Previous Challenge Entry (Level 3 - Advanced)
Topic: Happy (07/12/07)
TITLE: So Much More
By Leigh MacKelvey
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The hum of the traffic on the highway behind our property somehow assures me. I take your hand in mine and run my fingers over the rough calluses that are the trophies of your labor. A water color painting of pink posies floating around yellow and orange splots rise above us as the Carolina moon swallows the sun. Soon we will be wrapped in the stars as we rock the long day into night on the front porch of our home.
Our home. Years of praying that the rent would come in time for the monthly deadline; years of drought and deadened crops, and through it all God provided. The rent somehow came and the children were fed, even if only potato soup. You, yes, You, my dear old man, were the one who refused to let me lose faith.
"Now put the tissues away, Belinda, you've had your cry. Time to take my hand and look up with me. It's from there our help will come."
Oh, how I admired your dependance on the Lord. Nary a problem arose you didn't point to God instead of complaining. Then time came when we were able to put a down payment on this farmhouse. The creaky floors, flapping shutters and never-ending repairs have sheltered us and we've called it our home, our blessed home.
Out back is a tree. Under it, sunk into the ground, is a small round marker. Sammy. Our Sammy lived but two short months after his birth in the upstairs bedroom. I thought I would just sit under that old Weeping Willow tree that towers over his grave and weep until someone put me in my own grave. But you gathered me in your arms, took me inside and talked to me through the night about the wonder and the joy Sammy had been to us for two months and how we would never have had that same joy in all our lifetime. Now tiny tendrils of baby ivy curl around his marker and I can smile at the Weeping Willow tree.
Janie. How long ago it seems. The storm outside beat against the house and knocked over two pine trees beside the driveway. I was frantic because your truck stalled out and Janie was gone. She and Eddie had decided they were in love and plenty ready for marriage. My goodness, sixteen and seventeen were not my idea of two youngins headed for wedded bliss. I stomped and yelled, while you got the engine fixed. I heard you softly praying for our daughter, asking God to protect her and take her along His perfect path. Turns out, they had some lick of sense and came home later, soaked to the bone. My house dress was dripping after Janie flew into my arms and we hugged for ten minutes as she cried and told me they figured they couldn't live on the $15.45 between 'em. They were right about each other, though. Five years later, with our blessings, they had the sweetest wedding in the chapel down by the lake. I babysit quite often 'cause Janie has a job to help make ends meet.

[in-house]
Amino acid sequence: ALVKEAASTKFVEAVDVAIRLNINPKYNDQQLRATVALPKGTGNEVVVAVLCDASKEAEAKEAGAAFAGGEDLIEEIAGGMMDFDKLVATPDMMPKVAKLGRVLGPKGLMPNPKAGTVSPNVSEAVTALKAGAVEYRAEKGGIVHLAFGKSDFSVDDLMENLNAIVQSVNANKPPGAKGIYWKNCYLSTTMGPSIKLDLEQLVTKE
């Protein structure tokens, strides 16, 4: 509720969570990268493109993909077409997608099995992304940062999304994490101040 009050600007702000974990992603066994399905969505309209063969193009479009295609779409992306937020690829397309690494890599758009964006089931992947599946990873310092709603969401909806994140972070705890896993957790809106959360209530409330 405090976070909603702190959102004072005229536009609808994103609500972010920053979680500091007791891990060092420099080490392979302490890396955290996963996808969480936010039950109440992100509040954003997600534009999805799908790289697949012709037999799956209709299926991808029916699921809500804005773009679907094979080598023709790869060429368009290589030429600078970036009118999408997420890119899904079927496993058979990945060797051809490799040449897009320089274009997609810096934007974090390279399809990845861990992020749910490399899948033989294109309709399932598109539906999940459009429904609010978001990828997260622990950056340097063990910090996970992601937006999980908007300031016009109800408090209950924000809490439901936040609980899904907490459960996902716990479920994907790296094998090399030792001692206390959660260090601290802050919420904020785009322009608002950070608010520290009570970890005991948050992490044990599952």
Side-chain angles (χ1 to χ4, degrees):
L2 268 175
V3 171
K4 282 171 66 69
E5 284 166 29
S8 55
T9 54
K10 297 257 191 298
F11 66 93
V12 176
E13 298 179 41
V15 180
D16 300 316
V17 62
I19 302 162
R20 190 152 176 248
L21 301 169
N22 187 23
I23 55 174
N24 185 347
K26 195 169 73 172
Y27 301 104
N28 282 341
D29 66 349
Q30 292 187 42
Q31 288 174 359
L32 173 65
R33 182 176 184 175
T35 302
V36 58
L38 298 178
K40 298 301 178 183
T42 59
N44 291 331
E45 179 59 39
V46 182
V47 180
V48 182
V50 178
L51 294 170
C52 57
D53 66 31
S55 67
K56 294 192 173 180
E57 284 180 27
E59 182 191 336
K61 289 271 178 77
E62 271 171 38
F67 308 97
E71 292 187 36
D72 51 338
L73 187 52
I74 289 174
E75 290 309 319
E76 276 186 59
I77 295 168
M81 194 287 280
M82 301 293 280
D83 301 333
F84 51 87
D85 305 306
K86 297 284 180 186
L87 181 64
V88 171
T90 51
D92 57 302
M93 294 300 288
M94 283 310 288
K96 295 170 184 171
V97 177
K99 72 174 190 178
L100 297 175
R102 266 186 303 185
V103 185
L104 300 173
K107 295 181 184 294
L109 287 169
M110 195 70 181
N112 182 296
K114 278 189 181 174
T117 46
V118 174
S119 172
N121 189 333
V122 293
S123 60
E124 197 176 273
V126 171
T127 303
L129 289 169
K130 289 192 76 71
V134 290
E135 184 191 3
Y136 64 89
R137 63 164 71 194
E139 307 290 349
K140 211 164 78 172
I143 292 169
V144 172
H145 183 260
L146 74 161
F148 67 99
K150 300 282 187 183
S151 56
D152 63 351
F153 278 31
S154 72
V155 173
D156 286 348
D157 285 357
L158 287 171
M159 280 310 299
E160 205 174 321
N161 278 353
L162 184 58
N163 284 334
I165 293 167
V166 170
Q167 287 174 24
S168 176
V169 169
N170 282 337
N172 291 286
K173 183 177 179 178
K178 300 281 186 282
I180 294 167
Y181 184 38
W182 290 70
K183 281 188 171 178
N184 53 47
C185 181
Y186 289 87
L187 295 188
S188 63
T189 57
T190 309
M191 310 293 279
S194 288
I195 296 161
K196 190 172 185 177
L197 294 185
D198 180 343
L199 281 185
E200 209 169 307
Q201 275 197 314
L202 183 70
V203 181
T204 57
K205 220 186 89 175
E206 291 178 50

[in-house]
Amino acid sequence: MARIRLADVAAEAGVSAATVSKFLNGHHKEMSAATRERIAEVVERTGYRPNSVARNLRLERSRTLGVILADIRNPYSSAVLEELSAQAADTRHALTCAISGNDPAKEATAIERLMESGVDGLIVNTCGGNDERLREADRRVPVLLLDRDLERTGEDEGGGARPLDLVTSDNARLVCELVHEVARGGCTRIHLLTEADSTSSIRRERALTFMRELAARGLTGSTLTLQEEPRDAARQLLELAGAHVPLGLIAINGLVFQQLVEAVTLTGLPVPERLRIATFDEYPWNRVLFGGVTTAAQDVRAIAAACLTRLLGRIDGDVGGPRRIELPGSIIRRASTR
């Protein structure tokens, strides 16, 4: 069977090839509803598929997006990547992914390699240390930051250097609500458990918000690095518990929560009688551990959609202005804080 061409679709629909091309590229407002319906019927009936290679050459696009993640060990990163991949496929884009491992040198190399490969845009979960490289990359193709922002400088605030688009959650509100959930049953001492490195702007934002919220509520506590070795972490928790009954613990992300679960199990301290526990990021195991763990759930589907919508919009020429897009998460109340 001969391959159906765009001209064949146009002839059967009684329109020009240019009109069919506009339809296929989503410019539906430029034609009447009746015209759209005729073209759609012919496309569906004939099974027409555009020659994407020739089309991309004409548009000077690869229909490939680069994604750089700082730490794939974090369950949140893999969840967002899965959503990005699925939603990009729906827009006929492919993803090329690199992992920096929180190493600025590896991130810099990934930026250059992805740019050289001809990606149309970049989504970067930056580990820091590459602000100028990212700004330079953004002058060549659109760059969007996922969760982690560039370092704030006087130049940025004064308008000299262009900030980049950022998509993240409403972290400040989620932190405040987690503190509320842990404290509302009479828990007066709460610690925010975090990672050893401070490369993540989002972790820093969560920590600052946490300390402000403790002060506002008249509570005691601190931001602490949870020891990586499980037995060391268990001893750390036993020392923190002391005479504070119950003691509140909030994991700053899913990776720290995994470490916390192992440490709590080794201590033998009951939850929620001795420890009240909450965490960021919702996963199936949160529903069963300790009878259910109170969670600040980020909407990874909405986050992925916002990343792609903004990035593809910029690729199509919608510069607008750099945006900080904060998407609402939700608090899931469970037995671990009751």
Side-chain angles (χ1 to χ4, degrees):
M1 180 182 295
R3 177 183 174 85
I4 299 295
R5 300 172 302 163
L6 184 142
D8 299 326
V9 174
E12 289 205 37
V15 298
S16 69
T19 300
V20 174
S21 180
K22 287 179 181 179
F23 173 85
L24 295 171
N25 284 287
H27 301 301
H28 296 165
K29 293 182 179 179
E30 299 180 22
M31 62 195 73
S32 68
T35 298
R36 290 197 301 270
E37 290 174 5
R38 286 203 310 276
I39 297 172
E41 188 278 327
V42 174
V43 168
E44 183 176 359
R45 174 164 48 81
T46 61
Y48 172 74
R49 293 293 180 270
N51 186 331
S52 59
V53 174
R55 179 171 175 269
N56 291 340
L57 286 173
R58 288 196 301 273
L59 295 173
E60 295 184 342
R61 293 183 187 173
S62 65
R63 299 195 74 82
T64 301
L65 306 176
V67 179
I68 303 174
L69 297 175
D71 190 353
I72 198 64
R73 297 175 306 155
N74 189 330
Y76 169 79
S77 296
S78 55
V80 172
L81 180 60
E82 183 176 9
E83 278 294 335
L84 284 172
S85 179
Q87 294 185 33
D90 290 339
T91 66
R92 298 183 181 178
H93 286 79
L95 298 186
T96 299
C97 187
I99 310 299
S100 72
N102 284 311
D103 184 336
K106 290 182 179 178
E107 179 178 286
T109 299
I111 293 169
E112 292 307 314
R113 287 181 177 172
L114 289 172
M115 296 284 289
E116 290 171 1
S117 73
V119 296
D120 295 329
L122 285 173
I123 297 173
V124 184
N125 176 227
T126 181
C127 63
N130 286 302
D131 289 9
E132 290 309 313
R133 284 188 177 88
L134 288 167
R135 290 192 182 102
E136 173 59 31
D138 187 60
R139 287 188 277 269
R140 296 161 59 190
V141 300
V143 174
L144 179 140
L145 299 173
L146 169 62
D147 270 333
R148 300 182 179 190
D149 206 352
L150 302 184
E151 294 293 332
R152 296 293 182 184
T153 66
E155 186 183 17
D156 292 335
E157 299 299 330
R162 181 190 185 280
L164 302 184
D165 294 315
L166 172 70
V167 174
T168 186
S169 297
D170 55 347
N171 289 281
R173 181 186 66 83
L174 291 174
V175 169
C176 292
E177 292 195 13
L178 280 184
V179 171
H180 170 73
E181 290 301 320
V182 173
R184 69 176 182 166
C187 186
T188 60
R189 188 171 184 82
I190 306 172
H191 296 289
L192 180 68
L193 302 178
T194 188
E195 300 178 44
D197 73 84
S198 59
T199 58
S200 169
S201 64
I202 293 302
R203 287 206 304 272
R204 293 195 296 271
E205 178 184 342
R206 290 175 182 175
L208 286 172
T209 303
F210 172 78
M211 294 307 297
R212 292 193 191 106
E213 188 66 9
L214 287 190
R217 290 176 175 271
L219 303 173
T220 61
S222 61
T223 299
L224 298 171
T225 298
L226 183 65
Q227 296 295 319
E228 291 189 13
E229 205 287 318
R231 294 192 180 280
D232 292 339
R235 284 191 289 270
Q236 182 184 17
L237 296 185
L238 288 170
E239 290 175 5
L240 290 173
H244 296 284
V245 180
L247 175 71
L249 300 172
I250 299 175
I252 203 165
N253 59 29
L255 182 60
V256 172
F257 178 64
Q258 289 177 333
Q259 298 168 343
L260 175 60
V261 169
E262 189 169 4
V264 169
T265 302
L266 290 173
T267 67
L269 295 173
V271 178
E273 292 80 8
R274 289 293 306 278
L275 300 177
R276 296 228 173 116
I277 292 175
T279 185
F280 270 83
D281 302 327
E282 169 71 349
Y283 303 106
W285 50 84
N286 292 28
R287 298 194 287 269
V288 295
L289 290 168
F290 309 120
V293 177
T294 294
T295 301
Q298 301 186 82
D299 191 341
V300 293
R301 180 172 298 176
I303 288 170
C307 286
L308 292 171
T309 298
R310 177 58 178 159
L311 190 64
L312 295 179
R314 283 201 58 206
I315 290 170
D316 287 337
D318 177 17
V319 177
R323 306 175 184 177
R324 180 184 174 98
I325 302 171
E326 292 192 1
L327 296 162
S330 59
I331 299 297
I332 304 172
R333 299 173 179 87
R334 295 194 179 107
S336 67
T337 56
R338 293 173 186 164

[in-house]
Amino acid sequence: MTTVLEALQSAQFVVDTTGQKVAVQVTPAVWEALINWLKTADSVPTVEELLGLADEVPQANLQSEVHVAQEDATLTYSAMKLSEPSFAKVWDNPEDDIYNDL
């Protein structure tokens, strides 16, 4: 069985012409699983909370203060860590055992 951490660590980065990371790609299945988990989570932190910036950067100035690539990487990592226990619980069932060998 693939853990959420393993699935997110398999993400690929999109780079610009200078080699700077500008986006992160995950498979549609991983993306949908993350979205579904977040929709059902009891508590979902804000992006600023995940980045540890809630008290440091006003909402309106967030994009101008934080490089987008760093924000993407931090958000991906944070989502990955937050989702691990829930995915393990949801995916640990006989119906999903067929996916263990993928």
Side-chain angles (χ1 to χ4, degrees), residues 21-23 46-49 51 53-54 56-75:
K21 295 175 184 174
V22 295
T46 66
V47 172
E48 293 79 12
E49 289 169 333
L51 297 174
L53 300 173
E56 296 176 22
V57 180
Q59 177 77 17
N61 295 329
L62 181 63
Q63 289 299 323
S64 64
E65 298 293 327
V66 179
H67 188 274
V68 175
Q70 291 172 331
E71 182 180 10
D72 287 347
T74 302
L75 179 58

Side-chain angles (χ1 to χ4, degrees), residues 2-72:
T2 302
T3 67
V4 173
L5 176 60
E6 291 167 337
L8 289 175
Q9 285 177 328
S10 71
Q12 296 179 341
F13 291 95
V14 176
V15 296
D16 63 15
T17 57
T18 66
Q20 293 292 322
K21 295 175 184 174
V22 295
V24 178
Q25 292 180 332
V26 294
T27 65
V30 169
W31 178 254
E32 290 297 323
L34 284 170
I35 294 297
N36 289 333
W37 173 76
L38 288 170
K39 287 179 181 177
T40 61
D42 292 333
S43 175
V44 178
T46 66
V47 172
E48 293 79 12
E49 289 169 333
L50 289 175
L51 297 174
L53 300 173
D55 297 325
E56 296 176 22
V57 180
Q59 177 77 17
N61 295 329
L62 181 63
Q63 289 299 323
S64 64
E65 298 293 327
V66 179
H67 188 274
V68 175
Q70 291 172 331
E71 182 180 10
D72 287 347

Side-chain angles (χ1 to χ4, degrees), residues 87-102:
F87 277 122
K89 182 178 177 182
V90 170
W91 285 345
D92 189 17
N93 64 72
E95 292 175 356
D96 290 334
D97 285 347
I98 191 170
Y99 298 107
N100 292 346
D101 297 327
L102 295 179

Well, now, what about Frank? He got himself in trouble with the law. I drove myself crazy wonderin' where we messed up with him. You said God didn't promise us no rose garden and sometimes we can only have faith that we instructed him in the ways of the Lord and "God will catch up with him and Frank will to make his own choice."
Ever so gently, I put my head on your shoulder and you bend yours so that your lips brush my forehead. In a minute, when the mosquitos decide to come for their evening snack, we'll go into the house and up the creaky steps. You'll pull down the covers, place your uppers in a jar and I'll slip on my cotton nightie ... the one that smells like jasmine. Then I'll slide under the sheets and wait for you to put your feet on mine for warmth and pull my head onto your chest. I will tell you, as I do most nights, that this is so much more than happiness.
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